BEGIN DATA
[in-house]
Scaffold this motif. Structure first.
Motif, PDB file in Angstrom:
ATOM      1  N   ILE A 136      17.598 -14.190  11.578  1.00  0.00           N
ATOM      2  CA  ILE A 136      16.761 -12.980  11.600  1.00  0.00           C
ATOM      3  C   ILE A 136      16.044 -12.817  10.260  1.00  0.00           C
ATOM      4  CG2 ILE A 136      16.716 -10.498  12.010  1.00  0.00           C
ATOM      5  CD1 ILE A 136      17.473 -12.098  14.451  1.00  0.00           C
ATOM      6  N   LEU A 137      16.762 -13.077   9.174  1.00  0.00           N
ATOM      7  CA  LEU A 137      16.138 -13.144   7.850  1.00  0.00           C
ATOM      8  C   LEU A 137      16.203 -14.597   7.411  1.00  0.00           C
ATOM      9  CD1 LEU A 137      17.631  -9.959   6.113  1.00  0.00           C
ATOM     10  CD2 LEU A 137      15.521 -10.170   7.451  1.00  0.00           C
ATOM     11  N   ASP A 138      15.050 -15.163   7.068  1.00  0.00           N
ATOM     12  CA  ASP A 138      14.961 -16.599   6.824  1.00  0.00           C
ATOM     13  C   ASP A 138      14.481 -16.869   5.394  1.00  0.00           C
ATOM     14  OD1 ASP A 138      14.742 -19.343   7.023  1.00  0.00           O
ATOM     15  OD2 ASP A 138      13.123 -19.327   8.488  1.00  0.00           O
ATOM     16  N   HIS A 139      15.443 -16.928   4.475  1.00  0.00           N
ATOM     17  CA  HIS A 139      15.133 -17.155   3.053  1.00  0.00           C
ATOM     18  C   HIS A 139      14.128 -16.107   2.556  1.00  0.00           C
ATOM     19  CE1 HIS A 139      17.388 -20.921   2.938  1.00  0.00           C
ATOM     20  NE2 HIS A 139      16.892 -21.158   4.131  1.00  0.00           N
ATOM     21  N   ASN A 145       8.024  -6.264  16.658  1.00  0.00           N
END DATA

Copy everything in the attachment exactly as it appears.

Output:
[in-house]
Scaffold this motif. Structure first.
Motif, PDB file in Angstrom:
ATOM      1  N   ILE A 136      17.598 -14.190  11.578  1.00  0.00           N
ATOM      2  CA  ILE A 136      16.761 -12.980  11.600  1.00  0.00           C
ATOM      3  C   ILE A 136      16.044 -12.817  10.260  1.00  0.00           C
ATOM      4  CG2 ILE A 136      16.716 -10.498  12.010  1.00  0.00           C
ATOM      5  CD1 ILE A 136      17.473 -12.098  14.451  1.00  0.00           C
ATOM      6  N   LEU A 137      16.762 -13.077   9.174  1.00  0.00           N
ATOM      7  CA  LEU A 137      16.138 -13.144   7.850  1.00  0.00           C
ATOM      8  C   LEU A 137      16.203 -14.597   7.411  1.00  0.00           C
ATOM      9  CD1 LEU A 137      17.631  -9.959   6.113  1.00  0.00           C
ATOM     10  CD2 LEU A 137      15.521 -10.170   7.451  1.00  0.00           C
ATOM     11  N   ASP A 138      15.050 -15.163   7.068  1.00  0.00           N
ATOM     12  CA  ASP A 138      14.961 -16.599   6.824  1.00  0.00           C
ATOM     13  C   ASP A 138      14.481 -16.869   5.394  1.00  0.00           C
ATOM     14  OD1 ASP A 138      14.742 -19.343   7.023  1.00  0.00           O
ATOM     15  OD2 ASP A 138      13.123 -19.327   8.488  1.00  0.00           O
ATOM     16  N   HIS A 139      15.443 -16.928   4.475  1.00  0.00           N
ATOM     17  CA  HIS A 139      15.133 -17.155   3.053  1.00  0.00           C
ATOM     18  C   HIS A 139      14.128 -16.107   2.556  1.00  0.00           C
ATOM     19  CE1 HIS A 139      17.388 -20.921   2.938  1.00  0.00           C
ATOM     20  NE2 HIS A 139      16.892 -21.158   4.131  1.00  0.00           N
ATOM     21  N   ASN A 145       8.024  -6.264  16.658  1.00  0.00           N